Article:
Legitimacy is a specific way to frame the power relations that come to bear on the homeless.
it&#x2019;s about membership --who is or is not part of a particular group. here i&#x2019;m using a fairly coarse division as that between the mainstream and the marginal
accepted behaviors --with memberships comes the kinds of things members of the group are expected to to do. what i&#x2019;ve found through my interactions with the homeless and their care providers is that there&#x2019;s a longer list of things the homeless are expected not to do versus the mainstream. part of this is from relying on public resources versus the freedom one has when relying on their own resources.
accepted forms of technology --connected to these things is the idea that certain technologies are acceptable: i.e. legitimate for the homeless.
the best way to illustrate this is with an example:
familiar with this?
the upshot here is that there *are* tensions around whether or not the homeless have legitimate access to mobile phones.
-they indicate social membership to non-homeless groups.
This is focused on the power relations between service providers and the homeless: the kinds of services, how those services are structured and accessed.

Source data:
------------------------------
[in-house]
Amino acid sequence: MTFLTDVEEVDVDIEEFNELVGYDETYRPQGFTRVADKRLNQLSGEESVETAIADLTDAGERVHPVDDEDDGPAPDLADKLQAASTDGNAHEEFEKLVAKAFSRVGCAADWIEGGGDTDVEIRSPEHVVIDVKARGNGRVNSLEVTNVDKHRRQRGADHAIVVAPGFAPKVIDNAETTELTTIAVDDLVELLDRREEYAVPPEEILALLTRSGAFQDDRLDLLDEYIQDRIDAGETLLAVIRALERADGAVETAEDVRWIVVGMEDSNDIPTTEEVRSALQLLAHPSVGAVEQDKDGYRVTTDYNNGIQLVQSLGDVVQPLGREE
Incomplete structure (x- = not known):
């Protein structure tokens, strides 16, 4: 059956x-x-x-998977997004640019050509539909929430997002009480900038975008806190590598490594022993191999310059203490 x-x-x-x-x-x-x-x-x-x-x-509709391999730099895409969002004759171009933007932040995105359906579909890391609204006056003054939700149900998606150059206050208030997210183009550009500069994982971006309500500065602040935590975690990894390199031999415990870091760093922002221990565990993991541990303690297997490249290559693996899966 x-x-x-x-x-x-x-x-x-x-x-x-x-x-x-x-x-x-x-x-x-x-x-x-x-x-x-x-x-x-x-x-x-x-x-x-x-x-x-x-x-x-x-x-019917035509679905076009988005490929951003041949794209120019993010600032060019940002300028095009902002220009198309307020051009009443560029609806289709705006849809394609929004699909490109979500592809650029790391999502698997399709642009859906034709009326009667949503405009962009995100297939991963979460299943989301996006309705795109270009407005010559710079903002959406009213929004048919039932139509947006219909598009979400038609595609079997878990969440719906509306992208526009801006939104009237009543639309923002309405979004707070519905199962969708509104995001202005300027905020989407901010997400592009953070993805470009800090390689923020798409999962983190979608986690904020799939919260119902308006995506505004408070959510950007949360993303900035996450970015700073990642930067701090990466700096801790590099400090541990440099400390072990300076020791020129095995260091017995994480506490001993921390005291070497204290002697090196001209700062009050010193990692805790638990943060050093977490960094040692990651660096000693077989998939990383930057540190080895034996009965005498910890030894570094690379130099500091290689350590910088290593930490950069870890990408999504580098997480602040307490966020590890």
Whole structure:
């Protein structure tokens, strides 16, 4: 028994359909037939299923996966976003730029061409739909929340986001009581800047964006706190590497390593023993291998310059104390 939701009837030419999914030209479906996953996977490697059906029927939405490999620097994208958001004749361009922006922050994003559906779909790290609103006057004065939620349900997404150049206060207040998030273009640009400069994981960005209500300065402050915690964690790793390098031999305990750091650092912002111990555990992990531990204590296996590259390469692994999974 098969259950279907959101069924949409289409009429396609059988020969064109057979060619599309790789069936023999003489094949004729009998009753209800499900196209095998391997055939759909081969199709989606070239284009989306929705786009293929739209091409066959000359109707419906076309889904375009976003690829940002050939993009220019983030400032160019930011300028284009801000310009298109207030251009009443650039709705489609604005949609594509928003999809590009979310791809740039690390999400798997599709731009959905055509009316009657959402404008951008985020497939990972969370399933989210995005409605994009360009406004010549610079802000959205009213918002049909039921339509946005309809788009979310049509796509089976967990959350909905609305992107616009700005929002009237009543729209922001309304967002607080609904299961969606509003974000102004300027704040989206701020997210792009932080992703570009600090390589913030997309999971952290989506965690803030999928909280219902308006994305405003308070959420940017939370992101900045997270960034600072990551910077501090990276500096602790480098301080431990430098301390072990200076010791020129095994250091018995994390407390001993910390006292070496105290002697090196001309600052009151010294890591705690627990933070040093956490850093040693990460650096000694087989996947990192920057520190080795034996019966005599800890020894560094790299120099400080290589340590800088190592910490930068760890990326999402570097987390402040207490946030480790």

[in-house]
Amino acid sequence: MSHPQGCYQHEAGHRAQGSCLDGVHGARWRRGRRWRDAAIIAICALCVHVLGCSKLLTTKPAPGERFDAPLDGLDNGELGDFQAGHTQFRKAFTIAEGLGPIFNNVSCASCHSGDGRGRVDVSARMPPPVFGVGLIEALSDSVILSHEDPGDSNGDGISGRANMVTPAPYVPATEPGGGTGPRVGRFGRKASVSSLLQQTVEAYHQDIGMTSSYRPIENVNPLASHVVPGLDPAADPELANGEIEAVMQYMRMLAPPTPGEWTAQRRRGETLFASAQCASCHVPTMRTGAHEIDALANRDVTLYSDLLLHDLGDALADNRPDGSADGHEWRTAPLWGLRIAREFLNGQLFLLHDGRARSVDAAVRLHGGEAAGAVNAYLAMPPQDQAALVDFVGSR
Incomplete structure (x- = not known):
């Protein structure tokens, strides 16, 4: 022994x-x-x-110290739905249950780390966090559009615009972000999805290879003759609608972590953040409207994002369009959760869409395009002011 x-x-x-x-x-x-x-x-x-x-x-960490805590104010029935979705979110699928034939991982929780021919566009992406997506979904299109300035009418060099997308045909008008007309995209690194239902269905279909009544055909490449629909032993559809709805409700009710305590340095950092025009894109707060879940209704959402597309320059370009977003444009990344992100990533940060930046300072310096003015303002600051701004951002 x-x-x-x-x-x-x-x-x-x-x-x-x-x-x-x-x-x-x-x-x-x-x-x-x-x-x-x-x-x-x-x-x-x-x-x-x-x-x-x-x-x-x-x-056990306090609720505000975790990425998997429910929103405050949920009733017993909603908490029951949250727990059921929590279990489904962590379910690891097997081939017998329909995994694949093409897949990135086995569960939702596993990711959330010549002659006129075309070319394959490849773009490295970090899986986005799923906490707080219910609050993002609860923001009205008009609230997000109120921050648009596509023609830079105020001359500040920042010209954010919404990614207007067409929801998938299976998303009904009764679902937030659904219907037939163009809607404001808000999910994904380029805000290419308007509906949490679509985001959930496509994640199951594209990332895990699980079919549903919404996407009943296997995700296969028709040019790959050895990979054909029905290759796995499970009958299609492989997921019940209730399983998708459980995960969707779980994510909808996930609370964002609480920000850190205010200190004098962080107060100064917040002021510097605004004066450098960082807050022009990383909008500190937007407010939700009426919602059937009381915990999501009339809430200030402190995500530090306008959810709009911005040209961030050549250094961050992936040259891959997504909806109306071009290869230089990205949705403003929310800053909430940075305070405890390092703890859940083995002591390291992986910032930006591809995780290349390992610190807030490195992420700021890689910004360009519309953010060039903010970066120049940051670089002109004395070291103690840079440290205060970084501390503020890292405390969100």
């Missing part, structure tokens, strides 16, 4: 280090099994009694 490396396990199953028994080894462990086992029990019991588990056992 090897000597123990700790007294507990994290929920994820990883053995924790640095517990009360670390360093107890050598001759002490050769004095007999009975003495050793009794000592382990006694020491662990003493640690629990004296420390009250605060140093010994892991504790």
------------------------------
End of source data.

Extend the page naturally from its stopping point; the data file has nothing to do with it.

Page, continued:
Has impact on how we [researchers] interact with the homeless via service providers: there&#x2019;s a tension, especially in my work as i am working to integrate different kinds of information.
how does information, categorized around service providers needs/desires/goals/philosophies match information that originates from the homeless? shelters v. sleeping rough. knowledge about safety/drugs/sex that has no place within &#x201C;official&#x201D; taxonomies?
This is about who has the right to technologies.
Really focuses on the fact that tech. mediates lots of basic services so tech should be considered a basic service in and of it self.
This is the internally focused part of legitimacy and touches on the self-perception of the homeless w/r/t technology
e.g. PC&#x2019;s are not viewed as legitimate technologies but mobile phones are.
Also points to how designs might need to be configured around perceptions of who is a legitimate user.
Legitimacy at the Outskirts:
Categories, Use, & Adoption
in Marginal Communities
Christopher A. Le Dantec
School of Interactive Computing & College of Computing
Georgia Institute of Technology